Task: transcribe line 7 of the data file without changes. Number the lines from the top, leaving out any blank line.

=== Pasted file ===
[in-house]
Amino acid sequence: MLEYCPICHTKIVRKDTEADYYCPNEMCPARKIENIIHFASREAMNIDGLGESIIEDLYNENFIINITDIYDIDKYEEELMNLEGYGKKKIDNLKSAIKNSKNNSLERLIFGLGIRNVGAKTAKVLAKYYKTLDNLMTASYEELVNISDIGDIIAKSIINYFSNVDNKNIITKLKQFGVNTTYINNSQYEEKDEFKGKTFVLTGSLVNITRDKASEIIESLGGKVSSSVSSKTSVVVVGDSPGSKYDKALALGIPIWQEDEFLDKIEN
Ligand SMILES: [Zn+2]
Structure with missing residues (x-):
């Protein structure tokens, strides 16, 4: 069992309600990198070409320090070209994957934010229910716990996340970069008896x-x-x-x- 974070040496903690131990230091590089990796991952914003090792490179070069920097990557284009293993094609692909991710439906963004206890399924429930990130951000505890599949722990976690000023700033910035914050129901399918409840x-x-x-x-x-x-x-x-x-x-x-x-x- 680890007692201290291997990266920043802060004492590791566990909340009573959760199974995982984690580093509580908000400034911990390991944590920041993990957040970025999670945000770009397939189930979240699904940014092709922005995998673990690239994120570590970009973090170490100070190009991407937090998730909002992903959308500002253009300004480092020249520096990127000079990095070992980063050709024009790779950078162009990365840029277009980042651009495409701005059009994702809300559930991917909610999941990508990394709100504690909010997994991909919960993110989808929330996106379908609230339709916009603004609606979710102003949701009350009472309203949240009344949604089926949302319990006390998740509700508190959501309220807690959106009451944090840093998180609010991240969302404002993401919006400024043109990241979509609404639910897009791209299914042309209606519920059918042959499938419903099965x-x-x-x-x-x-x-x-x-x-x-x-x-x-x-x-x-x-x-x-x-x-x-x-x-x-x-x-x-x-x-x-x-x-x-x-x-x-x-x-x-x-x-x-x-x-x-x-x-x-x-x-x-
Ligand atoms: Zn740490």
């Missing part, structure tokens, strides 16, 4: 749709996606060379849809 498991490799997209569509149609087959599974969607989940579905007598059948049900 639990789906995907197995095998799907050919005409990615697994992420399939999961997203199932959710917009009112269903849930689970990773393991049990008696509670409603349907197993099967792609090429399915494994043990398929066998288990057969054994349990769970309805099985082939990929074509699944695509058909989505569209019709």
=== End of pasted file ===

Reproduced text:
């Missing part, structure tokens, strides 16, 4: 749709996606060379849809 498991490799997209569509149609087959599974969607989940579905007598059948049900 639990789906995907197995095998799907050919005409990615697994992420399939999961997203199932959710917009009112269903849930689970990773393991049990008696509670409603349907197993099967792609090429399915494994043990398929066998288990057969054994349990769970309805099985082939990929074509699944695509058909989505569209019709």